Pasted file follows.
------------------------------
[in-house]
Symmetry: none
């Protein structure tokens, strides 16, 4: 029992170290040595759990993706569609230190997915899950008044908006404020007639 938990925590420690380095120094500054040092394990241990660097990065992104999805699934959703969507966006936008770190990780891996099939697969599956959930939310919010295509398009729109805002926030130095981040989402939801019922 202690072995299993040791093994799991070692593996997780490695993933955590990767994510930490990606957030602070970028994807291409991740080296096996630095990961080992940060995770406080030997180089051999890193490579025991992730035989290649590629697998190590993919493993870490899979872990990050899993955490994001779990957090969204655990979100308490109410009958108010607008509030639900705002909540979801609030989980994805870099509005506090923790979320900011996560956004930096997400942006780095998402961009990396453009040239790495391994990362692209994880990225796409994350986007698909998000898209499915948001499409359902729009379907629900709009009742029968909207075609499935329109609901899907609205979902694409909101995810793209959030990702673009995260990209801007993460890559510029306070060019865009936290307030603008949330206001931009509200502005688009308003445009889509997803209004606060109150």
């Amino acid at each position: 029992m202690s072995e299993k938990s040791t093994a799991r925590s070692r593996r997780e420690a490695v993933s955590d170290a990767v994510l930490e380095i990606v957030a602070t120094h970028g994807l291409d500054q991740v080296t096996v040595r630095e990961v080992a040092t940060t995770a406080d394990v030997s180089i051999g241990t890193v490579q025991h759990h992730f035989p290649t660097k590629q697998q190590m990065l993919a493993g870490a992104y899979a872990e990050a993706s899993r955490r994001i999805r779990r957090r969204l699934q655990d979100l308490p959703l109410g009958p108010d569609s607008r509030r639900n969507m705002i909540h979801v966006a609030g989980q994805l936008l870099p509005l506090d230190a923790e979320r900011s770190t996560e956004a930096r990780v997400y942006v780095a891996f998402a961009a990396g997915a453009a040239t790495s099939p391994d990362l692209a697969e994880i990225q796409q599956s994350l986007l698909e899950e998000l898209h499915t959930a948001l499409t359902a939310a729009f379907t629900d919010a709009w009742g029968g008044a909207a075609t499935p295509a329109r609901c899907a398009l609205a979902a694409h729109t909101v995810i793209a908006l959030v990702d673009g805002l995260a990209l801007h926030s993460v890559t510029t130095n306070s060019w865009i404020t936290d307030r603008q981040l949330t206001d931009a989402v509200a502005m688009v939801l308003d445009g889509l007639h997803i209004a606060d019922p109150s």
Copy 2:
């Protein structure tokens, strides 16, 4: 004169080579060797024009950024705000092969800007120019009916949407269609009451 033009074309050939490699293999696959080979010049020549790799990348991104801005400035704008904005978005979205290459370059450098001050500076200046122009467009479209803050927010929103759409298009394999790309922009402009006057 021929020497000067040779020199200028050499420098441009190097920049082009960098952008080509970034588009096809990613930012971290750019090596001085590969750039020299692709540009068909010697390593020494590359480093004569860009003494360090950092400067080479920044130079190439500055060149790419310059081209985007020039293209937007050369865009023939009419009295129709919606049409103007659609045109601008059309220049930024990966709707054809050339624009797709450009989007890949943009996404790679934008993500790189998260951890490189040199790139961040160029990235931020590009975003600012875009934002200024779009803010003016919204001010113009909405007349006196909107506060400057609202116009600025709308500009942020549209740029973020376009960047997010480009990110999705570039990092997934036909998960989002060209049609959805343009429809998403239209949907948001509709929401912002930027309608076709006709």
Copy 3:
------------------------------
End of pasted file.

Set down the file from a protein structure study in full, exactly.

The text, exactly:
[in-house]
Symmetry: none
């Protein structure tokens, strides 16, 4: 029992170290040595759990993706569609230190997915899950008044908006404020007639 938990925590420690380095120094500054040092394990241990660097990065992104999805699934959703969507966006936008770190990780891996099939697969599956959930939310919010295509398009729109805002926030130095981040989402939801019922 202690072995299993040791093994799991070692593996997780490695993933955590990767994510930490990606957030602070970028994807291409991740080296096996630095990961080992940060995770406080030997180089051999890193490579025991992730035989290649590629697998190590993919493993870490899979872990990050899993955490994001779990957090969204655990979100308490109410009958108010607008509030639900705002909540979801609030989980994805870099509005506090923790979320900011996560956004930096997400942006780095998402961009990396453009040239790495391994990362692209994880990225796409994350986007698909998000898209499915948001499409359902729009379907629900709009009742029968909207075609499935329109609901899907609205979902694409909101995810793209959030990702673009995260990209801007993460890559510029306070060019865009936290307030603008949330206001931009509200502005688009308003445009889509997803209004606060109150």
């Amino acid at each position: 029992m202690s072995e299993k938990s040791t093994a799991r925590s070692r593996r997780e420690a490695v993933s955590d170290a990767v994510l930490e380095i990606v957030a602070t120094h970028g994807l291409d500054q991740v080296t096996v040595r630095e990961v080992a040092t940060t995770a406080d394990v030997s180089i051999g241990t890193v490579q025991h759990h992730f035989p290649t660097k590629q697998q190590m990065l993919a493993g870490a992104y899979a872990e990050a993706s899993r955490r994001i999805r779990r957090r969204l699934q655990d979100l308490p959703l109410g009958p108010d569609s607008r509030r639900n969507m705002i909540h979801v966006a609030g989980q994805l936008l870099p509005l506090d230190a923790e979320r900011s770190t996560e956004a930096r990780v997400y942006v780095a891996f998402a961009a990396g997915a453009a040239t790495s099939p391994d990362l692209a697969e994880i990225q796409q599956s994350l986007l698909e899950e998000l898209h499915t959930a948001l499409t359902a939310a729009f379907t629900d919010a709009w009742g029968g008044a909207a075609t499935p295509a329109r609901c899907a398009l609205a979902a694409h729109t909101v995810i793209a908006l959030v990702d673009g805002l995260a990209l801007h926030s993460v890559t510029t130095n306070s060019w865009i404020t936290d307030r603008q981040l949330t206001d931009a989402v509200a502005m688009v939801l308003d445009g889509l007639h997803i209004a606060d019922p109150s």
Copy 2:
């Protein structure tokens, strides 16, 4: 004169080579060797024009950024705000092969800007120019009916949407269609009451 033009074309050939490699293999696959080979010049020549790799990348991104801005400035704008904005978005979205290459370059450098001050500076200046122009467009479209803050927010929103759409298009394999790309922009402009006057 021929020497000067040779020199200028050499420098441009190097920049082009960098952008080509970034588009096809990613930012971290750019090596001085590969750039020299692709540009068909010697390593020494590359480093004569860009003494360090950092400067080479920044130079190439500055060149790419310059081209985007020039293209937007050369865009023939009419009295129709919606049409103007659609045109601008059309220049930024990966709707054809050339624009797709450009989007890949943009996404790679934008993500790189998260951890490189040199790139961040160029990235931020590009975003600012875009934002200024779009803010003016919204001010113009909405007349006196909107506060400057609202116009600025709308500009942020549209740029973020376009960047997010480009990110999705570039990092997934036909998960989002060209049609959805343009429809998403239209949907948001509709929401912002930027309608076709006709």
Copy 3: